Racial and Ethnic Disparities in Maternity Care in the United States Put Mothers and Babies at Risk


Simpson, Kathleen Rice, PhD, RNC, CNS-BC, FAAN

MCN: The American Journal of Maternal/Child Nursing: September/October 2018 - Volume 43 - Issue 5 - p 300

doi: 10.1097/NMC.0000000000000456

ONGOING COLUMNS: Perinatal Patient Safety


There has been a lot of press recently about the increase in maternal mortality in the United States and how our data compare poorly with other developed countries. However, there are similarly poor comparisons among women right here in this country (Martin, Cillekens, & Freitas, 2017). Some mothers, such as those who are Black, American Indian, Native Alaskan, and Hispanic have significantly worse maternal and infant outcomes than White women. Granted, Black women and members of other ethnic minority groups may be more at risk for morbidities associated with hypertension and diabetes, which can lead to serious pregnancy complications and death; however, there is much more to this disparity than clinical predisposition for selected diseases (Society for Maternal-Fetal Medicine, 2017).

The Council on Patient Safety in Women's Health Care (CPSWHC) has published a number of patient safety bundles aimed at improving the health of mothers and babies by identifying and recommending safer care practices. Each bundle is arranged in four sections, readiness, recognition, response, and reporting and systems learning. The bundle Reduction of Peripartum Racial/Ethnic Disparities (CPSWHC, 2016) offers a number of suggestions including: patient and caregiver education; making sure everyone who needs interpreter services gets them; easier patient access to their health records; promoting shared decision-making; being aware of implicit biases; establishing ways for patients, families, and caregivers to report care that is not respectful or equitable; enhancing discharge teaching including warning signs of potential postpartum complications; offering better coordinated care after hospital discharge for childbirth; and examining care processes and operations for disparities based on race or ethnicity. These recommendations have now been supplemented by a conceptual framework and consensus statement prepared by the bundle workgroup that details many of the issues behind the racial and ethnic disparities in care and outcomes for minority women in the United States (Howell et al., 2018). The focus is on modifiable causes and potential solutions to promoting safe and equitable healthcare during childbirth (Howell et al.).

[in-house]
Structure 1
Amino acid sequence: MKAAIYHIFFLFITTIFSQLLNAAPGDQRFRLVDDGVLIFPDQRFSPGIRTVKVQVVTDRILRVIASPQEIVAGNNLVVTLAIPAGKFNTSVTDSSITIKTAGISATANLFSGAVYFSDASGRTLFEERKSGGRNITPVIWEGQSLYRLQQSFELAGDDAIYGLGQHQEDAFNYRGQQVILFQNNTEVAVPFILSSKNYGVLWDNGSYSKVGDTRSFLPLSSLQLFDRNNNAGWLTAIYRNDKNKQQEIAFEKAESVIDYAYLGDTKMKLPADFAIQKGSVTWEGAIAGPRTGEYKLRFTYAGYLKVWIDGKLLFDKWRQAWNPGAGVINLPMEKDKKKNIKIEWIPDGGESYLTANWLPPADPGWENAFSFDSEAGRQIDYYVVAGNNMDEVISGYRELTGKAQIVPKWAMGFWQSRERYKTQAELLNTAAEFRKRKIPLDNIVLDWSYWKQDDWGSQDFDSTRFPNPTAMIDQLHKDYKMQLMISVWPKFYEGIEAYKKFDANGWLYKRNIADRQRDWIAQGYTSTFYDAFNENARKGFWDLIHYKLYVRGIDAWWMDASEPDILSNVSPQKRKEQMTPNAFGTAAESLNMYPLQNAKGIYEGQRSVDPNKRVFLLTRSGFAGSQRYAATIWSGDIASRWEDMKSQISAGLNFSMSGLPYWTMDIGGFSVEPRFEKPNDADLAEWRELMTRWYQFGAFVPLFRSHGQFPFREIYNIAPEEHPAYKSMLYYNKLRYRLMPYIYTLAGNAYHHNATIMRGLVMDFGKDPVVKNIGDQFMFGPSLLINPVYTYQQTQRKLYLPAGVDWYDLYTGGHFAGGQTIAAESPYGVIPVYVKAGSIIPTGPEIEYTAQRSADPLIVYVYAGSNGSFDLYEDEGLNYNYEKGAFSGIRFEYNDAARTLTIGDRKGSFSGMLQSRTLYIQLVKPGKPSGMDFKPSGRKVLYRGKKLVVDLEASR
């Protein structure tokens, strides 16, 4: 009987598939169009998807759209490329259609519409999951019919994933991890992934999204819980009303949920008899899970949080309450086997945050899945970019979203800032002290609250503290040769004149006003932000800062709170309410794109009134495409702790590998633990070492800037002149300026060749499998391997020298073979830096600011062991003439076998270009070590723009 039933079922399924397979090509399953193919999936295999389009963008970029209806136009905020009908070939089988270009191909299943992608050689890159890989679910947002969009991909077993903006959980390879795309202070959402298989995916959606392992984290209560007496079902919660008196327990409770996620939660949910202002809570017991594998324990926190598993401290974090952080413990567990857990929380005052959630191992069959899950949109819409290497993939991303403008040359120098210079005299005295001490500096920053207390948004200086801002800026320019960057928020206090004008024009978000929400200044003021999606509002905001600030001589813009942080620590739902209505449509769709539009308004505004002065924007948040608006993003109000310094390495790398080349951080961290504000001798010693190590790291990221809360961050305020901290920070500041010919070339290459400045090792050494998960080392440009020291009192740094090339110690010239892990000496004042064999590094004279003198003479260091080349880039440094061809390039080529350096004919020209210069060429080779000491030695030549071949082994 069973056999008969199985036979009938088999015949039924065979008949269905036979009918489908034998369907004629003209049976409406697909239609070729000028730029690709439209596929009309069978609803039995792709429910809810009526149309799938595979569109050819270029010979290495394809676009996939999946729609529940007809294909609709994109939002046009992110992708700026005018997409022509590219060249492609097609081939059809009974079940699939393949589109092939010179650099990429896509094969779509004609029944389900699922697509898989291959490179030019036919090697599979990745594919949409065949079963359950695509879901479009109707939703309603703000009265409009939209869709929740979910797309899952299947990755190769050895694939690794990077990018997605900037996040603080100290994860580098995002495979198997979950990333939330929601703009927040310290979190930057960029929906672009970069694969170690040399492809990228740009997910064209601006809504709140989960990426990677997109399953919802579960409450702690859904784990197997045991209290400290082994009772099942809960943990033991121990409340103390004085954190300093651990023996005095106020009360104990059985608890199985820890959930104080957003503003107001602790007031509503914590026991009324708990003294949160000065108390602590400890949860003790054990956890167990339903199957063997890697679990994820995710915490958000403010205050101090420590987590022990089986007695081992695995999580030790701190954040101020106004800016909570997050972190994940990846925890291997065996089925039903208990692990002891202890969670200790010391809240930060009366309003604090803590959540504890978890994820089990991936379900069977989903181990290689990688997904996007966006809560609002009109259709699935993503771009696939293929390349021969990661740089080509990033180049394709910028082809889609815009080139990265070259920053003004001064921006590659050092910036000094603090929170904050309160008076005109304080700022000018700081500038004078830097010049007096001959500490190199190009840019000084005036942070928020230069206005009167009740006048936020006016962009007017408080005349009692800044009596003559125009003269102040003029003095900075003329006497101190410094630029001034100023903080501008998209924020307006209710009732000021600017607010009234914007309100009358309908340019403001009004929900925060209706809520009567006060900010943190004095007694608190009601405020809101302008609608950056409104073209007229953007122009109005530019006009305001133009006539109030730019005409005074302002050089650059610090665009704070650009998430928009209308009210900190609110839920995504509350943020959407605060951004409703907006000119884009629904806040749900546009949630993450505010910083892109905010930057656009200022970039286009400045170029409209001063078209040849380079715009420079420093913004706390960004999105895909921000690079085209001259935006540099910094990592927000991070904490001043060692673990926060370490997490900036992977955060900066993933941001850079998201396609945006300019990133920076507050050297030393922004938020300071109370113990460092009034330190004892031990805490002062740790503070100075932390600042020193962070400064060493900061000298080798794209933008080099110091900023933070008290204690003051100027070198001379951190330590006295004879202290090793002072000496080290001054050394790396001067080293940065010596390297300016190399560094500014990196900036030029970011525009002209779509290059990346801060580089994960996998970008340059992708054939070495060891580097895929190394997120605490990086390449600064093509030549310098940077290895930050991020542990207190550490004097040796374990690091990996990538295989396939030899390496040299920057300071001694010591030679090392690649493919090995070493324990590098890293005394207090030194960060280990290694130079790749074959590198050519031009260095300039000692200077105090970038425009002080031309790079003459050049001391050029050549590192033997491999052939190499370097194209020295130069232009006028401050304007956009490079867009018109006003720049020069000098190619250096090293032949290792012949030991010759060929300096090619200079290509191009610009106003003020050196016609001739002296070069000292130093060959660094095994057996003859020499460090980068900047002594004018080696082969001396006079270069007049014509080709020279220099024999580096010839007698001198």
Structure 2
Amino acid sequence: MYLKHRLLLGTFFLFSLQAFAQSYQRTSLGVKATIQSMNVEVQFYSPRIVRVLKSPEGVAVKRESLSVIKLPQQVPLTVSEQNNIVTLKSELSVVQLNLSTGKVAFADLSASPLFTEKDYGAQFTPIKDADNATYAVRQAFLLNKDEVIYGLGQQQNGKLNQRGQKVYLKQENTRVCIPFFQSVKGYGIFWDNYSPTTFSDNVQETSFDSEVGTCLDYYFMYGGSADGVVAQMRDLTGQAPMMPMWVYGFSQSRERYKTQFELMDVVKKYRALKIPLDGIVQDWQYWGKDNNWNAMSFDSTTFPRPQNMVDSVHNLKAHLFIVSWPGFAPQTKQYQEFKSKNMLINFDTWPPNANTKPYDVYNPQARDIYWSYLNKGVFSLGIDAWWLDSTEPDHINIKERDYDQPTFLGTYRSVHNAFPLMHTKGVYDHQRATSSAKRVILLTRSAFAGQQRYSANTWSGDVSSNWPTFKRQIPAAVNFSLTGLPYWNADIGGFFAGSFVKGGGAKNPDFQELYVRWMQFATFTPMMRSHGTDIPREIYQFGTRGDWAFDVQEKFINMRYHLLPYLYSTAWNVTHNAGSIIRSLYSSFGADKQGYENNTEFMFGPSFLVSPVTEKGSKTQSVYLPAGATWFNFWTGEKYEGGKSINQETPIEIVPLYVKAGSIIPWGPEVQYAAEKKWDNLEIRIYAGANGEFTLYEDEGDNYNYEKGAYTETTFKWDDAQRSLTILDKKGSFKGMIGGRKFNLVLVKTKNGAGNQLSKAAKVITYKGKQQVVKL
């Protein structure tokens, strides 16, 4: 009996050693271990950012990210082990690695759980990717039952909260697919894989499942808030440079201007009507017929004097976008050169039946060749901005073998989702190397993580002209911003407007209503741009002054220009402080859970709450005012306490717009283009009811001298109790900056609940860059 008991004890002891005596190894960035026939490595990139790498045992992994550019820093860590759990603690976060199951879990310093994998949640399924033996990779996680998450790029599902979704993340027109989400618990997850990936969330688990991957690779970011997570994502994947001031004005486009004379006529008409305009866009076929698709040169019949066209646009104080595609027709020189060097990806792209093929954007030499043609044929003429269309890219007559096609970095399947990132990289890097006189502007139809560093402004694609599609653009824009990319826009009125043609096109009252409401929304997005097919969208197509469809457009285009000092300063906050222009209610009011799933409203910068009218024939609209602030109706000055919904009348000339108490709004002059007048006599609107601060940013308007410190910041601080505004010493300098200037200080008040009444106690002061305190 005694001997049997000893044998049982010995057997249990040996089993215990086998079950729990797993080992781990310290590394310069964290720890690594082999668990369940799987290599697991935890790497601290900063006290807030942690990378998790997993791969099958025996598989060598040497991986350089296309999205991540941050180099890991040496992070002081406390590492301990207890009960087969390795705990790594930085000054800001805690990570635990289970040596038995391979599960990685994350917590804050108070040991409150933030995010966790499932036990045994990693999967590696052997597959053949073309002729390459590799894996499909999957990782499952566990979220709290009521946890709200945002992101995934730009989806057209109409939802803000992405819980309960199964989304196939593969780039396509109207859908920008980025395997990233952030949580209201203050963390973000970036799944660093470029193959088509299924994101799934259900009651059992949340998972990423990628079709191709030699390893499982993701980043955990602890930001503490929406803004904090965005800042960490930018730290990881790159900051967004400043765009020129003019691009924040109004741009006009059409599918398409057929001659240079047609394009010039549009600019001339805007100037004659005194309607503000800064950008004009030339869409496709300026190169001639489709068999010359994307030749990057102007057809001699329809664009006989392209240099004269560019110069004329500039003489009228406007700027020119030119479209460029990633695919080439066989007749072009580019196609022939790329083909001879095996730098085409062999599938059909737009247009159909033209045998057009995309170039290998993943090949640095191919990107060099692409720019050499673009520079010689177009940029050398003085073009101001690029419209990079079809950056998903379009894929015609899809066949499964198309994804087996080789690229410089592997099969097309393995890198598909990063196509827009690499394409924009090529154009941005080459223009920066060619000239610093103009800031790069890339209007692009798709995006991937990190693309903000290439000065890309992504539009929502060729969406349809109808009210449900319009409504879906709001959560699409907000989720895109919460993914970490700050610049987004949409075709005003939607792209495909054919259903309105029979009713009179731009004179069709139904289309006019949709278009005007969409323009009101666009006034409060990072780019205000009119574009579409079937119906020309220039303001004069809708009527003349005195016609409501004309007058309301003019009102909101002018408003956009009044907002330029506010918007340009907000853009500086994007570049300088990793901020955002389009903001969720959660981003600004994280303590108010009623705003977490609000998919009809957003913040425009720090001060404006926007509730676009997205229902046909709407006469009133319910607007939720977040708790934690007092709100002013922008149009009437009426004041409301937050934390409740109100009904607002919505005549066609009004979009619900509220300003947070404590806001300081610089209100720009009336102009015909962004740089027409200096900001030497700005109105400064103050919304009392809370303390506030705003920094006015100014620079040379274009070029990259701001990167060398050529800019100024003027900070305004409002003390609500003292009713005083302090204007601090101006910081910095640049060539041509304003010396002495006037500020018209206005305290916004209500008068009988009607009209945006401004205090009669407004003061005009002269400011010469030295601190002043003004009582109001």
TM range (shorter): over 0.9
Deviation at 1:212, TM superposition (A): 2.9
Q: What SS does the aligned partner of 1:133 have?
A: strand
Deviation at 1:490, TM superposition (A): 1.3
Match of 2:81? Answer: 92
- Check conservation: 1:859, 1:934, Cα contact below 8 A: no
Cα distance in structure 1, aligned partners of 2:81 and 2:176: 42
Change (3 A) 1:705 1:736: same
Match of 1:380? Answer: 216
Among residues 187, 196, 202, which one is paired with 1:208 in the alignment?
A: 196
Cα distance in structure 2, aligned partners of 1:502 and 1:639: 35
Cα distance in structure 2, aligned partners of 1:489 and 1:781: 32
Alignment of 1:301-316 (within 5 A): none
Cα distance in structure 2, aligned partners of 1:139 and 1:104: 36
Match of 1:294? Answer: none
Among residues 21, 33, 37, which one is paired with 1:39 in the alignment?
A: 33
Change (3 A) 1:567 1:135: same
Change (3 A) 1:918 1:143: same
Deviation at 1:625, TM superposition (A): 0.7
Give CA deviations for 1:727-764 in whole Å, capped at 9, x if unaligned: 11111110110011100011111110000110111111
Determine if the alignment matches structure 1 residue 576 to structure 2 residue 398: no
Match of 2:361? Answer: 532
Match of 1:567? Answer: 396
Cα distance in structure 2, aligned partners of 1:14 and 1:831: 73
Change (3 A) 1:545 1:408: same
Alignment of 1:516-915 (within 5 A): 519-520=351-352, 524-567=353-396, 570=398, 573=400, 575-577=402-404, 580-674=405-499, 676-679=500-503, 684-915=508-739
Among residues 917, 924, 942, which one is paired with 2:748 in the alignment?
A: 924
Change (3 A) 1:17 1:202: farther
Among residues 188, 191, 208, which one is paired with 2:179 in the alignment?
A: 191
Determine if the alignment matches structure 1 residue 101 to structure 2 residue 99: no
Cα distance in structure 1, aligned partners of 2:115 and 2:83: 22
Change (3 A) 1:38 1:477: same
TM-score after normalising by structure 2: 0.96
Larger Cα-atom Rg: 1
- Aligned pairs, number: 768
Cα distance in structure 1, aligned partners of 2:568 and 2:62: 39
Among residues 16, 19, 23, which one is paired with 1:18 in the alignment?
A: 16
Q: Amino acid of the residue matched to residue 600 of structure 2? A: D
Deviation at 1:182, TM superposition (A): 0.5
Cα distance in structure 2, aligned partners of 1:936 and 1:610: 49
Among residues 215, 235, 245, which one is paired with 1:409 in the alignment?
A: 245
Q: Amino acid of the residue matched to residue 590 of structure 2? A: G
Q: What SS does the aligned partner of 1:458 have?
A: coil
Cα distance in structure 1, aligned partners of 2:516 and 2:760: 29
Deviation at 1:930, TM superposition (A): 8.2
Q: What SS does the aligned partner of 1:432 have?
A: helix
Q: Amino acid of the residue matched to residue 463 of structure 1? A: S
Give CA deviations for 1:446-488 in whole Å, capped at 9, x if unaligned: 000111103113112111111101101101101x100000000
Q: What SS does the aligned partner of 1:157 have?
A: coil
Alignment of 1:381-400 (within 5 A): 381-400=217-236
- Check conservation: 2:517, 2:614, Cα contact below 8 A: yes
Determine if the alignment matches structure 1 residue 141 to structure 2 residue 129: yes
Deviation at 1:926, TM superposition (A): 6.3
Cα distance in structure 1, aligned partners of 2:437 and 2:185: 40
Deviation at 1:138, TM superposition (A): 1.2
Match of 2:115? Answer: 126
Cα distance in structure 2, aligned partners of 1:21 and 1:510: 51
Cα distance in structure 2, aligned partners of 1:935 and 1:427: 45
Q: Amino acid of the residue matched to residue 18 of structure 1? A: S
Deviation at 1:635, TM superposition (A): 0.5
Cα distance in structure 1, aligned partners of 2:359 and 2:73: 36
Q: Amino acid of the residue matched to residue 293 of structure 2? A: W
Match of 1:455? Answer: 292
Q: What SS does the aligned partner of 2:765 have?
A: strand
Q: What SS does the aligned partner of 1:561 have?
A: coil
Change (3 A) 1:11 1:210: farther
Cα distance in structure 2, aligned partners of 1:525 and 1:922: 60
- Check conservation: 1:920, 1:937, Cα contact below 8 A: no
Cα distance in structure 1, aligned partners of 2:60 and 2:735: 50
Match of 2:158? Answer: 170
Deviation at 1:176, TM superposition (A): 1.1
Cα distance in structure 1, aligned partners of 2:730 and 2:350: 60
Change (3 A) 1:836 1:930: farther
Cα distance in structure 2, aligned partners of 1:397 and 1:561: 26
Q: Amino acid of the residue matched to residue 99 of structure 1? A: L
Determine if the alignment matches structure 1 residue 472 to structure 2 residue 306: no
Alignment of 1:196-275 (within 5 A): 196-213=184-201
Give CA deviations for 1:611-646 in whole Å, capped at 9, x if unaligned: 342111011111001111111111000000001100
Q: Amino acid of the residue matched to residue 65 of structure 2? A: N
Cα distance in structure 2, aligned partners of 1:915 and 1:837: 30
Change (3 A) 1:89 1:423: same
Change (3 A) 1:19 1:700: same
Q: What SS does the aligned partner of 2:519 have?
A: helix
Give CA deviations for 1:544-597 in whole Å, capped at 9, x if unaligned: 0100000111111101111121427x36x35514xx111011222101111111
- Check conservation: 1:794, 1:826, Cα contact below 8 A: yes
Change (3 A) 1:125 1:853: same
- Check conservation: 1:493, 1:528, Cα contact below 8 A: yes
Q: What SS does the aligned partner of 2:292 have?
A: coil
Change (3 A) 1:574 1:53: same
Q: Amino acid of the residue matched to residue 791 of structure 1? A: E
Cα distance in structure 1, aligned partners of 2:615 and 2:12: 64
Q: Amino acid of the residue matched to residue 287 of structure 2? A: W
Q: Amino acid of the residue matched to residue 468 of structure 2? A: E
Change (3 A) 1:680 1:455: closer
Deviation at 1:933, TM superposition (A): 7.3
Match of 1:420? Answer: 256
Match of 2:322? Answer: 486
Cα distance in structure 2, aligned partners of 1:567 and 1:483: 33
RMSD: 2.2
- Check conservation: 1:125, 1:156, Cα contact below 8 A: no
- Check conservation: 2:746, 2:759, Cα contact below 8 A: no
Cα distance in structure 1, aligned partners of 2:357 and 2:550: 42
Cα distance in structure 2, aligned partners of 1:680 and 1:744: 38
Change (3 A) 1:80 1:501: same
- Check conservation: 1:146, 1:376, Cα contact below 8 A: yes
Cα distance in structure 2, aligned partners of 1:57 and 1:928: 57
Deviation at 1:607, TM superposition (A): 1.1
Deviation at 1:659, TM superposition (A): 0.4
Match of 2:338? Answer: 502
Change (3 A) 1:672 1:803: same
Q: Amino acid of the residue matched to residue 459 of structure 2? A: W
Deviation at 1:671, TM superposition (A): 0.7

Underlying factors in racial and ethnic disparities in healthcare include challenges in knowing the full scope of the problem as issues involving healthcare disparities are not well studied; lack of recognition or awareness of inequitable care; lack of appreciation of the social determinants of health, poverty, and long-standing disadvantages; fragmented care through pregnancy, birth, and postpartum; miscommunication, poor communication, language and cultural barriers to understanding health information; and general misconception of etiologies and potentially successful strategies for improvement (Howell et al., 2018). Bundle workgroup experts offer suggestions for improvement including learning about personal, institutional, and system implicit biases and ways to tackle each of these problems (Howell et al.). Mindfulness and applying the Just Culture framework to equitable care may be beneficial. Advocating for processes to identify, report, and remedy instances of bias and inequitable health care has merit. Implicit bias can be addressed with self-awareness, a focus on concern for others (a characteristic of the vast majority of caregivers in all disciplines), and leadership support from the top of the organization and all others.

I encourage perinatal nurses to review these resources and to identify ways you can promote equitable healthcare for all women. An awareness of the issues and underlying causes, as well as actionable potential solutions are first steps to improving care for all mothers and babies in the United States. Equipped with this knowledge, we can work together to make these much-needed improvements. Surely perinatal care in the United States can be just as good as it is in other high-resource countries. This quality care should be available to all women.


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References

Council on Patient Safety in Women's Health Care. (2016). Reduction of peripartum racial/ethnic disparities (Patient Safety Bundle). Washington, DC: American College of Obstetricians and Gynecologists. Retrieved from http://safehealthcareforeverywoman.org/wp-content/uploads/2017/11/Reduction-of-Peripartum-Disparities-Bundle.pdf


Cited Here...


Howell E. A., Brown H., Brumley J., Bryant A. S., Caughey A. B., Cornell A. M., ..., Grobman W. A. (2018). Reduction of peripartum racial and ethnic disparities: A conceptual framework and maternal safety consensus bundle. Obstetrics and Gynecology, 131(5), 770–782. doi:10.1097/AOG.0000000000002475

Martin N., Cillekens E., Freitas A. (2017). Lost mothers. ProPublica. Retrieved from https://www.propublica.org/article/lost-mothers-maternal-health-died-childbirth-pregnancy

Society for Maternal-Fetal Medicine. (2017). Racial disparities in health outcomes (Position Statement). Washington, DC: Author.

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